=========================  Criminal Case 1820  =========================

    Goethe violated Rule 2149 by publishing the quoted message (with


Caller:                                 omd
Barred:                                 G.
Barred:                                 BobTHJ

Judge:                                  Taral
Judgement:                              INNOCENT



Called by omd:                          04 Dec 2007 15:16:05 GMT
Defendant G. informed:                  04 Dec 2007 15:44:31 GMT
Pre-trial phase ended:                  04 Dec 2007 20:23:44 GMT
Assigned to Taral:                      05 Dec 2007 02:25:21 GMT
Judged INNOCENT by Taral:               10 Dec 2007 21:59:55 GMT


Caller's Arguments:

It contained the matter to be decided: whether or not Agora should
perform nonsense (as opposed to granting a win or some silly thing
like that).

Recklessly claiming a false thing like a lack of valid R107
information where it was certainly specifiedis a violation of Rule


Caller's Evidence:

On 12/3/07, Kerim Aydin <kerim@u.washington.edu> wrote:
> >>> I intend, on behalf of Agora, with Agoran Consent, to
> >>> nkeplwgplxgioyzjvtxjnncsqscvntlbdqromyeyvlhkjgteaqnneqgujjpwcbyfrpueo
> >>> ydjjk.
> I don't know if anyone's done this yet but:
> I hereby identify that the above "notice" lacked the information required
> to initiate an Agoran decision, as specified in R107(a).


Gratuitous Arguments by G.:

I am INNOCENT of recklessly making false claims.

First of all, I am a reasonable person and I had no idea what 'nkep'
was alleged to mean in game terms at the time that the attempt to
initiate the action was announced, and it became clear after the fact
that the initiator of the decision was specifically witholding
information on the potential in-game consequences of nkep, so I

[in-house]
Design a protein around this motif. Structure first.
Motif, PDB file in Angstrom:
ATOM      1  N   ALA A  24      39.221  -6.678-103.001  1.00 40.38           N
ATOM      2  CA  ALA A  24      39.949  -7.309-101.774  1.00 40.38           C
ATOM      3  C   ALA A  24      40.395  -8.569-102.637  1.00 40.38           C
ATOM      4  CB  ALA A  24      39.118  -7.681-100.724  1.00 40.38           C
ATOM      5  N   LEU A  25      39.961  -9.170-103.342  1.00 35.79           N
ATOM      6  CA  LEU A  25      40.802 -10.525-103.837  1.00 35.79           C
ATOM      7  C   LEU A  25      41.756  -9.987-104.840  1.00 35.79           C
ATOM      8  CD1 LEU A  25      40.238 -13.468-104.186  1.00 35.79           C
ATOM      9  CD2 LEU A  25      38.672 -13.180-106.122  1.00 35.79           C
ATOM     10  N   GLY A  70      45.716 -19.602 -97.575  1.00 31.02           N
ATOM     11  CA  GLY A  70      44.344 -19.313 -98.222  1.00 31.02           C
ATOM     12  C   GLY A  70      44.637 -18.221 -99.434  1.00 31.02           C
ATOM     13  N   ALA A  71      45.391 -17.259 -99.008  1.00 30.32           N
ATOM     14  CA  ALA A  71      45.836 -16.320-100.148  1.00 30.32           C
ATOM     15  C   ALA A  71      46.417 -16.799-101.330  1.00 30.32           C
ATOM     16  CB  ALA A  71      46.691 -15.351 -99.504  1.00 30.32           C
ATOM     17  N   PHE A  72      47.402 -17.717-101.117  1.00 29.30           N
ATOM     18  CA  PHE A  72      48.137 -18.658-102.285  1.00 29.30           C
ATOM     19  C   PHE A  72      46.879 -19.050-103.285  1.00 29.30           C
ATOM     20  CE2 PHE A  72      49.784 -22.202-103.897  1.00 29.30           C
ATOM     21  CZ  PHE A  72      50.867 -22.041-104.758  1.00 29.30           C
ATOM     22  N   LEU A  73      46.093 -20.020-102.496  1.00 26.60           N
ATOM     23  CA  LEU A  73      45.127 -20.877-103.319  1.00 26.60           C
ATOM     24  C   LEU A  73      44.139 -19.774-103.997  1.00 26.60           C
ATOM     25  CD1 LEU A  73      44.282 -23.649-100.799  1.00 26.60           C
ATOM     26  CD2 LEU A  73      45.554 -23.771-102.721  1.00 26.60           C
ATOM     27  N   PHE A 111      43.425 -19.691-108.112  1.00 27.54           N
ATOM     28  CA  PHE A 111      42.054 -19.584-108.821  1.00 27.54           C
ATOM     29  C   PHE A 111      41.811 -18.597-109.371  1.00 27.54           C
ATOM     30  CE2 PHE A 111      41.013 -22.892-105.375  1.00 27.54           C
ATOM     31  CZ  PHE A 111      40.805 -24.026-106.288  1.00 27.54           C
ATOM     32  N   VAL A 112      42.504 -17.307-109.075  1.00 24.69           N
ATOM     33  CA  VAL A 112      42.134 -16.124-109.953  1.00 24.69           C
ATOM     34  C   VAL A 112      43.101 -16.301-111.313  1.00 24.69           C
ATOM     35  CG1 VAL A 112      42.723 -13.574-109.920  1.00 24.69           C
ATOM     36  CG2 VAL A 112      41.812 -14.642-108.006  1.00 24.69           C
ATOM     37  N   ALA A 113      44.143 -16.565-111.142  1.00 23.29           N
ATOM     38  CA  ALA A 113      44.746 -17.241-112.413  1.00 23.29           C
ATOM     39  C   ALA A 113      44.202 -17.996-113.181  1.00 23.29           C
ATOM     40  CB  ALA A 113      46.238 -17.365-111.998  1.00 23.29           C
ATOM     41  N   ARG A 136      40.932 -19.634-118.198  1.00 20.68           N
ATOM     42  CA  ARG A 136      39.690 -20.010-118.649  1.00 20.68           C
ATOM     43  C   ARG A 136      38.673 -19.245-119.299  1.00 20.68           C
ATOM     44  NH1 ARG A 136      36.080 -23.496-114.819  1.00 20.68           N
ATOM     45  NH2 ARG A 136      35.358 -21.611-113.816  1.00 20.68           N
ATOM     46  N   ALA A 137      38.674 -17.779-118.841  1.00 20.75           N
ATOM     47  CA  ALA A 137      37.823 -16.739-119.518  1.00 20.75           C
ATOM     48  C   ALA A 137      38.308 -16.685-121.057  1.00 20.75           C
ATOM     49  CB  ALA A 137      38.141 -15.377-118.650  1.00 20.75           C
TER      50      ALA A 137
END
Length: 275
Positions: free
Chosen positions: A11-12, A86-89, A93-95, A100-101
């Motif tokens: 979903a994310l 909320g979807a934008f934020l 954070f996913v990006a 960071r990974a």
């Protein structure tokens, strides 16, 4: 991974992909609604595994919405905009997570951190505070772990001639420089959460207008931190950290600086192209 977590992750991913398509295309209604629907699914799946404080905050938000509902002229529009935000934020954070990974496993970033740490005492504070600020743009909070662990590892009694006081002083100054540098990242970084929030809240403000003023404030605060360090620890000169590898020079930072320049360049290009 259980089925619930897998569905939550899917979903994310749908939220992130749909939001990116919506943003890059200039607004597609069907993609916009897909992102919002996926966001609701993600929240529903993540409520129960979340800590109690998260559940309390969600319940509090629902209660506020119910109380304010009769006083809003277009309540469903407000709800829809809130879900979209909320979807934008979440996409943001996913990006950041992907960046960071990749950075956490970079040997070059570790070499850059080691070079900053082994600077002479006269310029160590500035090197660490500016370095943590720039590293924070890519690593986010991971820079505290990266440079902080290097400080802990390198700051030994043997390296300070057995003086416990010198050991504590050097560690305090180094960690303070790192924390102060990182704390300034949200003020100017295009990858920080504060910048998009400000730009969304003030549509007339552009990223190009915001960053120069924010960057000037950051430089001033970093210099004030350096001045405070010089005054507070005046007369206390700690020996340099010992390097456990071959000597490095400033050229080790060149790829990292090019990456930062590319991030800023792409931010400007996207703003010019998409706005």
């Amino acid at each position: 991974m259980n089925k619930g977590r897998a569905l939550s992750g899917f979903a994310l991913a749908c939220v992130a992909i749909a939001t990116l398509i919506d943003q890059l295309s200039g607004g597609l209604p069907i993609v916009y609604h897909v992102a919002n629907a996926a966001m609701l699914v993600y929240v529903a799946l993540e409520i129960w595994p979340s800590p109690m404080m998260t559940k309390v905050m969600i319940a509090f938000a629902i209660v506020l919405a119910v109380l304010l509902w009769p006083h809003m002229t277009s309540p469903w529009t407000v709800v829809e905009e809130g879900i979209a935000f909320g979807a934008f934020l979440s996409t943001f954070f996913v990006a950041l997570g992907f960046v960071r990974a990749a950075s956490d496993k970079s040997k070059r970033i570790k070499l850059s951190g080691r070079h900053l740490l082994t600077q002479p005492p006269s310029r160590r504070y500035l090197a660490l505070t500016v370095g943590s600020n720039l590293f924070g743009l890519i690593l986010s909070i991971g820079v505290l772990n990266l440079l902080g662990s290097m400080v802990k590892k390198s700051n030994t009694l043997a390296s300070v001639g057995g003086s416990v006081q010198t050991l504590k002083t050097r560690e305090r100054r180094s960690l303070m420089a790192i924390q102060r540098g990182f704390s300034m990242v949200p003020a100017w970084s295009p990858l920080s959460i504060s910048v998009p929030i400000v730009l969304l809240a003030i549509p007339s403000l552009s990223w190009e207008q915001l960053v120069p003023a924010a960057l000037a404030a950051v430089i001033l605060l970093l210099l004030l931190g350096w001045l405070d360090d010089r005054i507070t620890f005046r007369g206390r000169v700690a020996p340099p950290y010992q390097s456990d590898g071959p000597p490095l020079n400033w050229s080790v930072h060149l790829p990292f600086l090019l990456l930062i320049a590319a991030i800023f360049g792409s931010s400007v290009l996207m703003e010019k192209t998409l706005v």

so I believe my statement to be true.  This is an entirely orthogonal
issue to current court cases which question whether such phrases can
in fact be interpreted or privately empowered, so my claim was worth

Secondly, it is clear from discussions and surrounding court cases
that several other players (and eligible voters) were similarly
uninformed.  Therefore, this claim was far from reckless; in fact it
was reasonable, if controversial.  The level of clarity that R107a
requires is an open question, and it is perfectly resonable to
suggest and claim that if a broad cross-section of eligible voters
don't understand the intended game consequences of an initiated
decision from information contained in the notice initiating it and
by information resaonable avaiable to them, than by R107a the
decision has not been initiated.  It may be a matter of an inquiry
case to determine if this is true, but as no precedent has been set
my claim was resonable and it is not a reckless claim.

This brings up the final point:  I hope the judge will set a strong
precedent, that the bar should be extremely high on showing reckless
intent assessing R2149 truthfulness for claims made on controversial
matters (for example, in the name of stopping a self-ratification
clock).  Claims made on matters which are even reasonably in doubt
should be given the benefit of the doubt.  It should be expected that
many or most such claims would be made in cases where the truth was
uncertain, otherwise, there would be no claim to make!  Uncertain
claims SHOULD be addressed in the court of inquiry, not the criminal
court.  The result of too low a bar for guilt in criminal proceeding
would be an endless series of suits and countersuits, ultimately
leading to a chilling effect preventing any sort of claim of error
being made on uncertain matters, and in fact this would go against
the R101-guaranteed participation in the fora.   This is clearly not
beneficial to the game.


Judge Taral's Arguments:

Rule 2149/8 [in part]

      A person SHALL NOT make a public statement unless e believes
      that in doing so e is telling the truth.

The defendant has stated in eir defense that e believe the statment to
be true. In order for the Court to find em guilty, the Court must
somehow find that the defendant *could not* have believed what e
claimed. This is a strong criterion, requiring an admission,
conflicting public statements (and even these are subject to the fact
that people can change their beliefs), or some other strong evidence.